CA--Victims want SF archbishop to focus more on kids' safety
For immediate release: Wednesday, Feb. 4
Statement by Tim Lennon of San Francisco, Bay Area Director of SNAP, the Survivors Network of those Abused by Priests (415-312-5820, email@example.com)
San Francisco’s Catholic archbishop has created a new, free-standing section for faculty handbooks telling school staff to avoid certain "sins."
We'd love to see Archbishop Salvatore Cordileone put this kind of energy and effort into telling staff to share everything they know or suspect about clergy sex crimes and cover ups with law enforcement. We're pretty certain most Catholic parents care more about the physical safety of their kids than about the private behavior of school teachers.
We're also struck by Cordileone's phrase that teachers should "arrange" their lives so as to "avoid contradicting church teaching. . .in some public way.”
We see this a lot in the Catholic hierarchy - the fixation on public image. And we wish we'd see more substantive action to protect the vulnerable and less worry about the hierarchy's reputations.
(SNAP, the Survivors Network of those Abused by Priests, is the world’s oldest and largest support group for clergy abuse victims. We were founded in 1988 and have more than 20,000 members. Despite the word “priest” in our title, we have members who were molested by religious figures of all denominations, including nuns, rabbis, bishops, and Protestant ministers. Our website is SNAPnetwork.org)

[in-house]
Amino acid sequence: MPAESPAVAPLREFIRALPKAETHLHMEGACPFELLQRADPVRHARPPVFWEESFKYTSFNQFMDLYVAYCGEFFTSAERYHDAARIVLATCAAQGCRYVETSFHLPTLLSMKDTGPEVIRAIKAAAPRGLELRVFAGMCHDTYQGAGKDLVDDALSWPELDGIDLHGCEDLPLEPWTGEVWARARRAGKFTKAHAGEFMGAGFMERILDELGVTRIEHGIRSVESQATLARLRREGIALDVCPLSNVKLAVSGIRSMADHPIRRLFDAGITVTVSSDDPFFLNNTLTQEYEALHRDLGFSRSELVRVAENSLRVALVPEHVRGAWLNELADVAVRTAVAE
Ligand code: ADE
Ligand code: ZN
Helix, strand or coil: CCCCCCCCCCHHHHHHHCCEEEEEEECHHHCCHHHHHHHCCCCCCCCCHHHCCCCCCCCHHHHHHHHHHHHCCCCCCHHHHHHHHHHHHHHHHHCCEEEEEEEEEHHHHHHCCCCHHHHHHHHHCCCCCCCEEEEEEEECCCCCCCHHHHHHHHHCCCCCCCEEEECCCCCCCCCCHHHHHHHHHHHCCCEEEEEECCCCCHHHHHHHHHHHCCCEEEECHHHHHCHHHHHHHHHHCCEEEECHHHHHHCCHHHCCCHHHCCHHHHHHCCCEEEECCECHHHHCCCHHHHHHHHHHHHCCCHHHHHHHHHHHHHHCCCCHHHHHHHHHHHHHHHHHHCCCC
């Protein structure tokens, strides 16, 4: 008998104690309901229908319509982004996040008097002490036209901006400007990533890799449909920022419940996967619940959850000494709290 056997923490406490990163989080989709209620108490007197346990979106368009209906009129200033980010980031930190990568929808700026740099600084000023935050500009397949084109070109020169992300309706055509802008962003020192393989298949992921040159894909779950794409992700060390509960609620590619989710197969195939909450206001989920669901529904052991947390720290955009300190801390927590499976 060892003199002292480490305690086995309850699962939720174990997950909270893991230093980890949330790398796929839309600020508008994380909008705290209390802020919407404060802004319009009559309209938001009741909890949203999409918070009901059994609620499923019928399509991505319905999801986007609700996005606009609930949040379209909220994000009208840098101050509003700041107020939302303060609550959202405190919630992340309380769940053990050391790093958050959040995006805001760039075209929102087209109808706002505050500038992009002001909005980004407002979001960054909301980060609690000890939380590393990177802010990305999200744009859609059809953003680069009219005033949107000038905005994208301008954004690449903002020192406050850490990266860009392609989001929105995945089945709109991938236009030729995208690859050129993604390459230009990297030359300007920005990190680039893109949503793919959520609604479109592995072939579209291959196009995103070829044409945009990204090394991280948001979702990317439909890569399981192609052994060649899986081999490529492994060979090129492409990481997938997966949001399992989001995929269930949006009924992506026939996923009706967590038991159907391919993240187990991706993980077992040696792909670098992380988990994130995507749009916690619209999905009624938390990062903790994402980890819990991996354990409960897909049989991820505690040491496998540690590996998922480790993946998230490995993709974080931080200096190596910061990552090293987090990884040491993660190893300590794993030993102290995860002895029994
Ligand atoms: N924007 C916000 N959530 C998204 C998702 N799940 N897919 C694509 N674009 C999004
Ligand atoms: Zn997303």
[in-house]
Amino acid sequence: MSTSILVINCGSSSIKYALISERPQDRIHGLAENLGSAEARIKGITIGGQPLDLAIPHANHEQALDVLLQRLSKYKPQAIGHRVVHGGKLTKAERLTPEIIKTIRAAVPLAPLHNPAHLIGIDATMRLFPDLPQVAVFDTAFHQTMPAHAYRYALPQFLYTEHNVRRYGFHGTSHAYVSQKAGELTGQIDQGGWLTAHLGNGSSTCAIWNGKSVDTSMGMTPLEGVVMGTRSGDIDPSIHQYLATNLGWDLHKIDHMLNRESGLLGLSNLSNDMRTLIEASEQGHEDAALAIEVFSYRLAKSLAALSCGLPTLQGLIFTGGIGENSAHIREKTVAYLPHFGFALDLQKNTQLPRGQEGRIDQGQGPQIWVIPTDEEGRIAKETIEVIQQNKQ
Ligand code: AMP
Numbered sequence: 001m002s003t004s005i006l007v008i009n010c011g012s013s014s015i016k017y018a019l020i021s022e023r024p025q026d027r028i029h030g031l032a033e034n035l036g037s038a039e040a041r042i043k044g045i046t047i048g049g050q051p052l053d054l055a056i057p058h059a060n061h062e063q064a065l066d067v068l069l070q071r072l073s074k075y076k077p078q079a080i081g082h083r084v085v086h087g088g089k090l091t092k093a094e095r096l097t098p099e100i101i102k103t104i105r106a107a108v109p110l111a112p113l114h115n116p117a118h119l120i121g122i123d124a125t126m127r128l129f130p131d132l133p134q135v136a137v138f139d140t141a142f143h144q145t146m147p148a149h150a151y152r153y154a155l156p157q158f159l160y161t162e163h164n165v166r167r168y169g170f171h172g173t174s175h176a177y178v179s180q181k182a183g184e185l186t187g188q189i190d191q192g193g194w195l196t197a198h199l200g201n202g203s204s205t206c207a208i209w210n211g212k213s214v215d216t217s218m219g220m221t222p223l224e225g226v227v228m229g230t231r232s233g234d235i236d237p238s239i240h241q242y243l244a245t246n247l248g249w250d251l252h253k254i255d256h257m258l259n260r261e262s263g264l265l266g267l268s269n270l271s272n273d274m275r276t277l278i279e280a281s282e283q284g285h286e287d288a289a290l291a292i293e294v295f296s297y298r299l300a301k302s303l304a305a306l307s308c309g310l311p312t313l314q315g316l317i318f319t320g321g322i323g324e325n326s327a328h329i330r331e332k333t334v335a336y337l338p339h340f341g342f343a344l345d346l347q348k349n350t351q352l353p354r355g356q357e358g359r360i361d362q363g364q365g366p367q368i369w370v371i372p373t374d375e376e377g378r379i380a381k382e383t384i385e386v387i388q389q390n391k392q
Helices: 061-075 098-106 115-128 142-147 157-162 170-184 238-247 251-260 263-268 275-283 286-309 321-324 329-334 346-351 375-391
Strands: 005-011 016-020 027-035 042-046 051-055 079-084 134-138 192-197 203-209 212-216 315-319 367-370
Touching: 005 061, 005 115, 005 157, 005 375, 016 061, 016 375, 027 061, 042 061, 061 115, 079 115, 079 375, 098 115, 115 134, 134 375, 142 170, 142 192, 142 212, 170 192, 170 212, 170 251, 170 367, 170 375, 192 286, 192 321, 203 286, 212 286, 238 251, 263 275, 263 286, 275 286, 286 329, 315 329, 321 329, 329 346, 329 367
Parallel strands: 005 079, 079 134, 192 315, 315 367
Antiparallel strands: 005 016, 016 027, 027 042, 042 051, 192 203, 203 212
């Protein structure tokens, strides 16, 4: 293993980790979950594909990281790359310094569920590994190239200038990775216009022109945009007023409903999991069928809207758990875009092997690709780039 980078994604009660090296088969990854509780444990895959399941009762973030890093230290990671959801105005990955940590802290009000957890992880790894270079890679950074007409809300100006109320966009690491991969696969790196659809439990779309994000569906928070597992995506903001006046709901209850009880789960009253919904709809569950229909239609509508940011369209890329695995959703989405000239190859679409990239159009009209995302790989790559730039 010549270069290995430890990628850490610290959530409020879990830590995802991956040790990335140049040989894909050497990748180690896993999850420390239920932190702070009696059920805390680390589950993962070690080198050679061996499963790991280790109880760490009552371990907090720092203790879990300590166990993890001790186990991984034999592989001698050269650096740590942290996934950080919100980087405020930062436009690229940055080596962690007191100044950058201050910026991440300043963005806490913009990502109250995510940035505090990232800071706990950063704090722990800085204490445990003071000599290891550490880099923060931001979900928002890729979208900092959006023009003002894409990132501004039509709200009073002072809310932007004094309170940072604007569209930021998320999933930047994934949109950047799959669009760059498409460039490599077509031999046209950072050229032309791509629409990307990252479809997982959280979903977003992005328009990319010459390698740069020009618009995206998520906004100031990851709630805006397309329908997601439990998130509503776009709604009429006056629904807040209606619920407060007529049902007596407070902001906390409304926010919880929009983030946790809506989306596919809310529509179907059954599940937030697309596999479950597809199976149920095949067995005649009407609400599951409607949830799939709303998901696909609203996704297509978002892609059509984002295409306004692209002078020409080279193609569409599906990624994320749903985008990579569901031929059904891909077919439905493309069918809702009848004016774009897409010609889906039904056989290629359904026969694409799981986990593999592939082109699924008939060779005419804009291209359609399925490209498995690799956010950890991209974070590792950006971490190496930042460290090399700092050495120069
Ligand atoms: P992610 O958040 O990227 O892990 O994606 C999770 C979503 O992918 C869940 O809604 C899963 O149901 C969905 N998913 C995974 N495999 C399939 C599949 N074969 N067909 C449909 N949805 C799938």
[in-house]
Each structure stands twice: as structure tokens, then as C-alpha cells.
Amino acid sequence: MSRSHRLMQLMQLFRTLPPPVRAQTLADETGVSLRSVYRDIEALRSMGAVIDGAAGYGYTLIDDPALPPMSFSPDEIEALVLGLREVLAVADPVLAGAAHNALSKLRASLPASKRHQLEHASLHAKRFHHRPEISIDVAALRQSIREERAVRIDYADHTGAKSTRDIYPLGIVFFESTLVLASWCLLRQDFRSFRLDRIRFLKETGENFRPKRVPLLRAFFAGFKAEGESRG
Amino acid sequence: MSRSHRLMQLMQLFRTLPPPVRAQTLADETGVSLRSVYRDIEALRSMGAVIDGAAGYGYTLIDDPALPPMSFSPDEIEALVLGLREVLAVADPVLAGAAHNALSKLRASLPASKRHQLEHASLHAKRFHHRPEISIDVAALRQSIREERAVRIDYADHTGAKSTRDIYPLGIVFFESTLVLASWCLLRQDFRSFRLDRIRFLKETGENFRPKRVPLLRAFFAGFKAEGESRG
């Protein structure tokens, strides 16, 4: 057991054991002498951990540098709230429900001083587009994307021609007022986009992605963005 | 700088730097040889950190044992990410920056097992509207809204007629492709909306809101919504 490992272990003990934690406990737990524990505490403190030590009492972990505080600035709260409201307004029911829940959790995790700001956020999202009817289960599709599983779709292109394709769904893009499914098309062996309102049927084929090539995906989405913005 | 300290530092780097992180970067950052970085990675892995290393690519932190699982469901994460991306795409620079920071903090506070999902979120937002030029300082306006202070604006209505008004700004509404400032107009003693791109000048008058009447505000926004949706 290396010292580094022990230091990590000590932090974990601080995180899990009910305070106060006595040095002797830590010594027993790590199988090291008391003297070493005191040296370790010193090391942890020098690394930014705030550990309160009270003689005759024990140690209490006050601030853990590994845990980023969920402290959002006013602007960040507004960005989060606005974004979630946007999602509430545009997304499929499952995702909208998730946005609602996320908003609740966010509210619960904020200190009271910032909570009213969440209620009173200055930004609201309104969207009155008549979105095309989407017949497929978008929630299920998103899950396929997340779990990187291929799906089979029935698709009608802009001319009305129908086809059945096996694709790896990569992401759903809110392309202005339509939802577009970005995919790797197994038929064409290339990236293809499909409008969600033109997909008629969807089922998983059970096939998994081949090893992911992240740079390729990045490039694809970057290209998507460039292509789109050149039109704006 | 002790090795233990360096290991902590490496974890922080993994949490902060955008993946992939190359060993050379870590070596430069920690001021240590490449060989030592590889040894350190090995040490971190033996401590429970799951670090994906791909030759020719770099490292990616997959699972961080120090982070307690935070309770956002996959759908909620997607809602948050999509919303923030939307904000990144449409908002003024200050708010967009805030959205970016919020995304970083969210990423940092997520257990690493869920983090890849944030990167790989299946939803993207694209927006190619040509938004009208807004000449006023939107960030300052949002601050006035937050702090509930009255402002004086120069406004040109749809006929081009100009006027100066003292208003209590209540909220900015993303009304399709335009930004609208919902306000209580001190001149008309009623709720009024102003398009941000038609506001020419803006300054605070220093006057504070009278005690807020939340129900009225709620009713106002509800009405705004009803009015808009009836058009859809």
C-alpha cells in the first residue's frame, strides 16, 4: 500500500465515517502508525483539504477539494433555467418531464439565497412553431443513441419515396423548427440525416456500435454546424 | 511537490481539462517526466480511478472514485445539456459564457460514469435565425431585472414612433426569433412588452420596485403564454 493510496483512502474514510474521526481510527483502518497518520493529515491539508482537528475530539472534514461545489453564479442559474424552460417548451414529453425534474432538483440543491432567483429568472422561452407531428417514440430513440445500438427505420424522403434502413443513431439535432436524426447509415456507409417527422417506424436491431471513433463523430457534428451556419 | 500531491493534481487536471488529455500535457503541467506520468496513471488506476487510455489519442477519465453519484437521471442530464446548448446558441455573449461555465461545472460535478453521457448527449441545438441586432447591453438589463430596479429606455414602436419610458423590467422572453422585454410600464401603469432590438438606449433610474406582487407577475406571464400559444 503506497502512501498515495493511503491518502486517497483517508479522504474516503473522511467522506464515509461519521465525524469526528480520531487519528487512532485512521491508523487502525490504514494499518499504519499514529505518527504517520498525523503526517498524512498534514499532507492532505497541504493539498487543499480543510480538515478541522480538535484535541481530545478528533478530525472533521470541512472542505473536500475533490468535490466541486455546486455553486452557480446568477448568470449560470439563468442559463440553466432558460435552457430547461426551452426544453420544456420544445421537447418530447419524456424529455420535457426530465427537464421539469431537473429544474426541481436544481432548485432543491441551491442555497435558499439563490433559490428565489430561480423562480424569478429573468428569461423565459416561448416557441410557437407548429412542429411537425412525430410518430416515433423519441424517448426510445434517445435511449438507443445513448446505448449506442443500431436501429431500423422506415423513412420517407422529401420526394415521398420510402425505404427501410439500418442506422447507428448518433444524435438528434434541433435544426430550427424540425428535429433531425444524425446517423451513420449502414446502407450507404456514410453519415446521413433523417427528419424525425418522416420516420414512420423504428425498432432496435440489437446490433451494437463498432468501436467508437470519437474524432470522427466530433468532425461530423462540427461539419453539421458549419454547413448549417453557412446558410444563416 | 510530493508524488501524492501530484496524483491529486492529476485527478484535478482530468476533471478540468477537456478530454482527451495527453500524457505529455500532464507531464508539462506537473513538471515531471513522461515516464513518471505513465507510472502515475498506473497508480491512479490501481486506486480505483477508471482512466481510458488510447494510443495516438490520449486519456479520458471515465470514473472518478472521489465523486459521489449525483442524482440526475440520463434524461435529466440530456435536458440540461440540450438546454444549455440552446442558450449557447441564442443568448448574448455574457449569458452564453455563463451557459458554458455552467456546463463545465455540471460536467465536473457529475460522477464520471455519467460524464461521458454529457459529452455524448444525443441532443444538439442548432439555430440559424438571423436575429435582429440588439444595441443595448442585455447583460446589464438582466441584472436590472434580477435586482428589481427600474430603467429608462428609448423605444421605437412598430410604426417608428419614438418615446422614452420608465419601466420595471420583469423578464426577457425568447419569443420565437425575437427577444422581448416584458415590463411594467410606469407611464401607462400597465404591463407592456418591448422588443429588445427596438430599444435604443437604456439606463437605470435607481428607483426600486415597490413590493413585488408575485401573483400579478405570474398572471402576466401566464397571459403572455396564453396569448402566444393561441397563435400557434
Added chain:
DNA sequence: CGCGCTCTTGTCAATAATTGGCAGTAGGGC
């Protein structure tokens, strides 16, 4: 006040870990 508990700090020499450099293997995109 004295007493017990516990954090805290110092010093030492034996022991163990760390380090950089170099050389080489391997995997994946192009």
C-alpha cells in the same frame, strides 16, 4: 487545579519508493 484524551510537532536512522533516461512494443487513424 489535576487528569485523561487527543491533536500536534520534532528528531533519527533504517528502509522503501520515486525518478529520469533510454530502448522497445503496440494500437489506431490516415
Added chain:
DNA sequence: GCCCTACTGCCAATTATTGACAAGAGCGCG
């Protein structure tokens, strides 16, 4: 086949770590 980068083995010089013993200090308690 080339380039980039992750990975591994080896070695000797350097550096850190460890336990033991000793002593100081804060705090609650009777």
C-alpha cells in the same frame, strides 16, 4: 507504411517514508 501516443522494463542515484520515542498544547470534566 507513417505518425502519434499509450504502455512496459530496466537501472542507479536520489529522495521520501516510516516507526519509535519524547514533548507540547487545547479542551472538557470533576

50 State AG Call for Grand Jury
Any investigation must be:
- independent of and separate from the church
- must have subpoena powers and ability to compel testimony under oath
Anything short of these criteria is a sham and whitewash.
In addition, write letters to the editor, make phone calls to politicians as they can apply pressure to keep them responsive to our demand. We need to make efforts to ensure that they follow up on what the state is doing to investigate these crimes.
The Attorneys General of forty states have inquired about the grand jury process in Pennsylvania. Let's get statewide investigations going in fifty states.
Note to Letter Writers
Use your own words and style of writing. Cut and paste from the templates as you wish. Include your experiences, whether as a survivor or as a member of the community. And relate your letter to the state you were abused in or state now living in.